Instructor(s): B. Dolan       Prerequisite(s): None.

Restrictions: None.       Activities: Lecture, Project

This course examines objective and subjective interpretations of biomedical images. It ranges from radiological images intended for expert viewing (for diagnosis, legal testimony) to representations of disease and the body for a general public (documentaries, public health films, advertisements). Across this spectrum we seek to determine what gives images credibility and authority by looking at the technologies of their production and social diffusion, and how images give meaning to biomedicine.(ANTHROPOL)

223  Medicine, Disease, and Public Health in Modern Latin America  (4 units)   §   Spring

Instructor(s): B. Dolan

Restrictions: None       Activities: Lecture, Seminar, Project

This course explores the nuanced projects of modernizing Latin American nations through public health in the nineteenth and twentieth centuries by examining how modern scientific views of disease and their consequential public health policies are contested by local geographies, ethnicities, and social groups with their own understandings of disease and forms of social and political organization.(HLTHSC PRG)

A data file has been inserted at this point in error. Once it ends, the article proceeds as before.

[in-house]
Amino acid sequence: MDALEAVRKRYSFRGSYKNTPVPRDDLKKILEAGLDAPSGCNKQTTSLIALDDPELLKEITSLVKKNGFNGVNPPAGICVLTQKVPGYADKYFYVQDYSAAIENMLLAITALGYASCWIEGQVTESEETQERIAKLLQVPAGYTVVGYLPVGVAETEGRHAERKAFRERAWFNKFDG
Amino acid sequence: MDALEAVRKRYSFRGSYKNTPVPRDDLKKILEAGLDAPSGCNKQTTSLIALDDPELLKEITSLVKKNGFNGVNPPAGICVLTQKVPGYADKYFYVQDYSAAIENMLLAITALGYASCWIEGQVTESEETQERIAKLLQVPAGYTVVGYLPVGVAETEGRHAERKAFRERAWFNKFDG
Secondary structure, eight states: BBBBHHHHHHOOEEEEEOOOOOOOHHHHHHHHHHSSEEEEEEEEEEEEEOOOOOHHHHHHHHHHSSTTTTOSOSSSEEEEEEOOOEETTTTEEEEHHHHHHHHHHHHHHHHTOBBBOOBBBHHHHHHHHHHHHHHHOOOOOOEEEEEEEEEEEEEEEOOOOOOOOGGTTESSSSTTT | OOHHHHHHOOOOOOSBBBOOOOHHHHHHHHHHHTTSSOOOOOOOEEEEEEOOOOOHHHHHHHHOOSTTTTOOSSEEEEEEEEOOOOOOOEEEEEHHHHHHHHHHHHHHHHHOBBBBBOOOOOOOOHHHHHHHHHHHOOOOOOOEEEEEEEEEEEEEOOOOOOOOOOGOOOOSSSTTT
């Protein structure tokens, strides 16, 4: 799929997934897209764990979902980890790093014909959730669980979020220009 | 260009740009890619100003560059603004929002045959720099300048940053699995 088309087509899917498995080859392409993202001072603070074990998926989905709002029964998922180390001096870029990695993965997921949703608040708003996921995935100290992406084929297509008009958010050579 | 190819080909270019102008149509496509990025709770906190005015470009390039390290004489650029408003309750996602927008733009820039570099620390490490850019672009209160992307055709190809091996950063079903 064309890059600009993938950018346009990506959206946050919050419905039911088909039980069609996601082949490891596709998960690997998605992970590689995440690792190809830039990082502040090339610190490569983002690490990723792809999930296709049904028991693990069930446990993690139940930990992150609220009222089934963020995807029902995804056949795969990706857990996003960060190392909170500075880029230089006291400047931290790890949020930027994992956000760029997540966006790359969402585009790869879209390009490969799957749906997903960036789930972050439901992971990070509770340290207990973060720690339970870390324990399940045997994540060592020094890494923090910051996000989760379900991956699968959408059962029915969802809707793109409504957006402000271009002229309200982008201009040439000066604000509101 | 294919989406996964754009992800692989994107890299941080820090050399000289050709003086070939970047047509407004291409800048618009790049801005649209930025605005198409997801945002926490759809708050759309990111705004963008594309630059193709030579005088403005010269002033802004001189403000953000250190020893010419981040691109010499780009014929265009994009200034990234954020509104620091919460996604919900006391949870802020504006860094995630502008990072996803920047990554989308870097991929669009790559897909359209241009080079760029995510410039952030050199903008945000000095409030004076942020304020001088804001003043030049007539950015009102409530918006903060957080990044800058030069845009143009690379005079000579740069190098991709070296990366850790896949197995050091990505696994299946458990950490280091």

250  Research  (1 - 8 units)   §   Fall, Winter, Spring

Instructor(s): Staff       Prerequisite(s): Consent of instructor

Supervised independent research, including presentations and criticism of research sources, methods, and papers.(DAHSM)

255  History of the Social Sciences and Population Health Policy  (4 units)   §   Fall

Instructor(s): D. Porter

Restrictions: None       Activities: Lecture

The goal of the course is to provide students with the analytical skills and historical knowledge to evaluate the role of the social sciences in determining changes in public health policy and practice from the eighteenth century to contemporary times in comparative national and international contexts. The course will offer the opportunity to investigate how these changes impacted the political and social status of health citizenship throughout the period.(ANTHROPOL)

297  Special Study  (1 - 4 units)   §   Fall, Winter, Spring

Instructor(s): Staff       Prerequisite(s): Consent of instructor

Supervised independent study intended to provide directed reading in subject matter not covered in scheduled seminar offerings.(DAHSM)

299  Dissertation  (0 units)   §   Fall, Winter, Spring

Instructor(s): Staff       Prerequisite(s): Advancement to candidacy and permission of the graduate adviser

For graduate students engaged in writing the dissertation for the PhD degree.(DAHSM)